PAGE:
Apprentice – The Strength of Mortality
Reviewed: December, 2018
Rating: 3.5 /5
The Kings of Kanadian Karnage!- The Frozen North Rides Forth!
This feature is so good, I had to name it twice! About once a year I indulge my patriotism and review a bunch of Canadian Metal releases. There has been a whole pile of albums recently released in the past few months and I want to help bring some exposure to these bands. There are bands of all styles and all genres from across the country in this feature. The bands covered in this feature are… (listed alphabetically)
Anvil (Toronto, ON)
Apprentice (Vancouver, BC)
Arctic Circle (Brandon, Manitoba)
Assault (Vancouver, BC)
Black Rat (Calgary, AB)
Cauldron (Toronto, ON)
Codex:Factoria (Vancouver, BC)
Dethgod (Calgary, AB)
Fractal Cypher (Montreal,Quebec)
Haiduk (Calgary, AB)
Iomair (Scarborough, ON)
Ice War (Ottawa, ON)
Leah (Vancouver, BC)
Lee Aaron (Vancouver, BC)
Malacoda (Oakville, ON)
Mongol (Edmonton, AB)
Ominous Eclipse (Ottawa, ON)
Skullfist (Toronto, ON)
Solborn (Edmonton, AB)
Thor (Vancouver, BC)
Trollwar (Alma, PQ)
Untimely Demise (Saskatoon, SK)
W.M.D (Calgary, AB)
Ye Goat-Herd Gods (Calgary, AB)
Please enjoy all the albums in this feature and check out all the talent Canada has to offer!
Apprentice is one of the hot, young buzz bands out of lotus land, namely Vancouver, BC. This quintet has been working it out in the trenches for a few years and caught my ear back in 2016 with a three-song EP called ORDER 66. A couple years later, more gigs, more experience and these guys have released their debut album, THE STRENGTH OF MORTALITY.
Led by entrepreneur, promoter and all-round Metal-dude, Joey Hockin, Apprentice do not disappoint with their debut effort. At first glance you might think this six-track effort is an EP but because of the progressive nature of the song-writing each track runs in the six to seven minute range, placing this in full album territory at 40 minutes. Those progressive tendencies and adventurous song-writing gives Apprentice an epic feel. The word ‘epic’ does not always directly translate into ‘long songs’, but some of the songs just have great meat on their bones without getting too note-dense, or over-playing for the sake of playing.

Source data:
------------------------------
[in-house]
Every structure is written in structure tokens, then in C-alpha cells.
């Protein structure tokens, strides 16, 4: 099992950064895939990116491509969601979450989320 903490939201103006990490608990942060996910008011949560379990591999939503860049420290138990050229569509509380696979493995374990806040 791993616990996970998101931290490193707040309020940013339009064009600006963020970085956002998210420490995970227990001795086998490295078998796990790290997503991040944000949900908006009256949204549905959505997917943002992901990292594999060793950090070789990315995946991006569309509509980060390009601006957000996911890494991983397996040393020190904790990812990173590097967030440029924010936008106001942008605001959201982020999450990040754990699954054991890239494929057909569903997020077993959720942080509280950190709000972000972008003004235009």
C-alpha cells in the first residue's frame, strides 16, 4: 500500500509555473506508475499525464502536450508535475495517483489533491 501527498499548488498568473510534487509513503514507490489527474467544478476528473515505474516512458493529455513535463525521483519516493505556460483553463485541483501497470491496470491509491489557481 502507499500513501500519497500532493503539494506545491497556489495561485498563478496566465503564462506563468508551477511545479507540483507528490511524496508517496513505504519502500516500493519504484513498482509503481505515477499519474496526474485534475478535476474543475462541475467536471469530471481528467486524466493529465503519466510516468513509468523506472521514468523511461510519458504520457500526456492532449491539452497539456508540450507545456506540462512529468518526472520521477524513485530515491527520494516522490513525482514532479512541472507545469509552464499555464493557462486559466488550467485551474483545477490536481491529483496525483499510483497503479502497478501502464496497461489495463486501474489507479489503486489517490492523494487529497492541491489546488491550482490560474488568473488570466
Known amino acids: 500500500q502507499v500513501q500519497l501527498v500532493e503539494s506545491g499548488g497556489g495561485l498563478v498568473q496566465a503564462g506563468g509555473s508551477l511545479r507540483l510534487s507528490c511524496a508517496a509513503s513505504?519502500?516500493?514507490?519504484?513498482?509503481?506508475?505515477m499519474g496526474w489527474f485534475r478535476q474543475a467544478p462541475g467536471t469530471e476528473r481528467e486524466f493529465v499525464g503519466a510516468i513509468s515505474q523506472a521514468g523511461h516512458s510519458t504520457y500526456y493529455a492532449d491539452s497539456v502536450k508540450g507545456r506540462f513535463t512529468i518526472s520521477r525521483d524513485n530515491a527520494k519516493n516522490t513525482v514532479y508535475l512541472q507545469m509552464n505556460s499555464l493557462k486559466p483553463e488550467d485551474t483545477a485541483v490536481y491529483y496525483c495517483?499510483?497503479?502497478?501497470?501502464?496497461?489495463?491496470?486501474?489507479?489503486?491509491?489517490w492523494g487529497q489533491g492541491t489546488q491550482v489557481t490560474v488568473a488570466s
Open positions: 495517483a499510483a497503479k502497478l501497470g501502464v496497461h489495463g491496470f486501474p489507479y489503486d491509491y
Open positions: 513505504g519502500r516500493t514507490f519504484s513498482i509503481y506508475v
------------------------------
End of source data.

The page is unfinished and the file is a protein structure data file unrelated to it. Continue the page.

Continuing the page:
The production is adequate for a new, independent act, I’d like to see the vocals a little higher in the mix personally. The band do the twin, harsh/clean male vocal attack, which is common, and Ok but has never been a favourite of mine. So many young bands, basically every Metal band and fan P.A. (Post-Anselmo), seem to feel it is necessary to have harsh vocals and they often confuse heaviness and power with screaming. Eric Willmott is a solid, classic, Power Metal style vocalist and to me the gruff vocals just detract from it all. It is not just Apprentice, a lot of killer young bands all have this bizarre identity crisis. a band should be Power Metal or be Death Metal, and not try to please everyone and be both because it never works well. Often the harsh vocals ruin it for the Power Metal crew and it is not harsh enough for the Death Metal crew. I’m not ranting against Apprentice, they are awesome but they need to go just pure Prog-Power, in my opinion. It’s not that I’m against harsh vocals, not at all…I listen to brutal, ultra-guttural, porno-grind too, but every-time I hear a killer Power Metal band, like Apprentice, add the harsh vocals, I cringe. It is just not necessary. OK, end of rant!
The songs on THE STRENGTH OF MORTALITY are loaded with great harmonies and melodies and some great musicianship; the individual performances are excellent! The band floats between mid-tempo and faster stuff like ‘Harbinger’, a killer cut and one of the album highlight for sure, switching tempos with ease. The albums ends off with what I consider to be their signature song, ‘Desecrated Miranda’, an exciting, up-tempo number that is sure to please fans of True Metal executed with confidence.
Apprentice have the classic Metal sound but without directly sounding like anyone obvious influence. As mentioned earlier, there is quite a bit of talk in the underground about this band and the debut by Apprentice does not disappoint.
The Age Of Mortals
Bringer Of Pain